Government was actually easier to manage than private: slide a copy of the state records law across the table and ask when how friendly the media and courts would be to massive data loss or corruption at the next election. For private, it was "how will you stay in business without the data and what will your stock options be worth then"?

Regarding the Deep State, it really, really needs to be nuked - financially, not atomically - by abolishing its base of government agencies and drastically shrinking those that are absolutely necessary. EX: Nothing in the Constitution references "housing" or "mortgage" yet we have HUD, Sallie Mae, Freddie Mac, Fannie Mae, et al. We have laws against discimination, a (supposedly) functioning DOJ to enforce them, so why do we have the EEOC? The list goes on.

Phssthpok said...

"The question is thus, what is President Trump going to do about it? I don't believe he can afford to let this slide... What say you, readers?"

I say he should contact Karl Denninger for a sit-down with his speech writer, and work up a good old fashioned Regan-esque radio address. You know...something along the lines of:

https://youtu.be/oCBpkhbLNjs?t=7

Aesop said...

Special prosecutor.
Grand jury indictments.
Everyone culpable, and the entire senior leadership, down 5 levels from the top At FBI and any other agency linked via investigation, thrown out with prejudice unless they can prove absolute integrity, examined proctologically.

Prison terms for all guilty parties.
And not a year or two in Club Fed Makework Pretend Prison;
5, 10, 20 year sentences for corruption, violation of constitutional rights under color of authority, obstruction of justice, conspiracy, sedition, etc., served in general population in Pound-Em-In-The-Pants hardcore federal prisons.

Any conviction on any count is a total forfeiture of all federal pension and benefits.

Anyone who confesses and makes a full allocution ahead of prosecution gets a 50% sentence reduction only.
Everyone convicted at trial does 100% of time of sentence.
Anyone convicted has all sovereign and qualified immunity revoked, and is subject to full civil process for all crimes.
If that means senior management loses their houses too, and their kids are reduced to picking up cans and bottles to eat, so be it.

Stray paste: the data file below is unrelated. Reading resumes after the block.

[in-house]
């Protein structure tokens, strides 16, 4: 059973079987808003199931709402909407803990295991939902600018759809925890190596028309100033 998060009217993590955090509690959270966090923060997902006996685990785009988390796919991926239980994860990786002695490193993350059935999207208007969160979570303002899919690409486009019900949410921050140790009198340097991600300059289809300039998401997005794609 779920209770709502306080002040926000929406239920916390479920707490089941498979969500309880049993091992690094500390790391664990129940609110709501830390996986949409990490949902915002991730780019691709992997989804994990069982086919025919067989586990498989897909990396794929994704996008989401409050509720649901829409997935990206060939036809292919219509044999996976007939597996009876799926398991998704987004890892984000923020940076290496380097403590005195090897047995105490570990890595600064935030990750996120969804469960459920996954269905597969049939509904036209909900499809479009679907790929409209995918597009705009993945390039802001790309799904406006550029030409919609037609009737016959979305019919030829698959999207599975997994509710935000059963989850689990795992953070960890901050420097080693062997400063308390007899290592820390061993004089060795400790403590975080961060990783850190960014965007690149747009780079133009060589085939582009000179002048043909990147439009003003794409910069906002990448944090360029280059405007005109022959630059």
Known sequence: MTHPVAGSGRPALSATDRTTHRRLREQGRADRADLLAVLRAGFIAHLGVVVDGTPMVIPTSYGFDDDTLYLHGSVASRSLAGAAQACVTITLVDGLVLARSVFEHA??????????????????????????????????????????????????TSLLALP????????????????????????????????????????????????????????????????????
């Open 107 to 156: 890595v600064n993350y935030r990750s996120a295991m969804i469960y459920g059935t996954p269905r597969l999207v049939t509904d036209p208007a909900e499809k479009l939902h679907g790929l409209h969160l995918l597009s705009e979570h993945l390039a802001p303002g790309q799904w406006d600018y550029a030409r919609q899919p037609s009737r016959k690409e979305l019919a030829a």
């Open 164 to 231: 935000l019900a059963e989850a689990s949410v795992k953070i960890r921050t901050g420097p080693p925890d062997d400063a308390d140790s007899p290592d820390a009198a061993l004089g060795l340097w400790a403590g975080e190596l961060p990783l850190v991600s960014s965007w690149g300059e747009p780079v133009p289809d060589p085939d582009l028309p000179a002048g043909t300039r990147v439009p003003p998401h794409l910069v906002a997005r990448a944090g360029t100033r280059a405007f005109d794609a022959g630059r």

If anyone dies as a result of their official perfidy, they get prosecuted for murder/manslaughter at the federal level.
Starting with every federal agent involved at Malheur, related to the death of LeVoy Finicum.

When I see work crews pounding up some 5-place gallows in Lafayette Park across from the White House, and testing them with sandbags, we'll know this is serious, and not kabuki theater.

Anything short of that is a total farce.

Then, take away badges, guns, SWAT teams, and enforcement authority from every federal civilian agency except the US Marshals, the FBI, ICE, and the Coasties. And maybe the DOE security guys at nuke plants.
That's it.

All anyone else can do is issue a citation and a court summons.
No gun, no badge, no fining authority, no black ninja teams.
If whatever they're selling won't fly in federal court with lawyers present, it doesn't happen.

And we don't wink at potential terrorists crossing the borders, while sending a SWAT team to raid a guitar manufacturer in Appalachia for illegal wood. Because the wood inspectors have to get a real search warrant, have it served by real US Marshals if it holds water, and has to defend the charges in front of a real judge, in federal court, with all the legal trimmings of a federal case with opposing counsel present.

Then remove all rule-making authority from every federal agency and entity, and require that all such laws must be passed by the Congress in the usual manner, including floor debate.
Everything to date not originally passed by Congress in that way is henceforth null and void.
Say goodbye to 59 feet (out of 60) of the Federal Register.

Y'know, like in the rules.

C. S. P. Schofield said...

Iy isn't Just the American Ruling Class, it's all ruling classes, ever. They American Ruling Class isn't unique. It isn't even very interesting. They are mostly vapid little twits.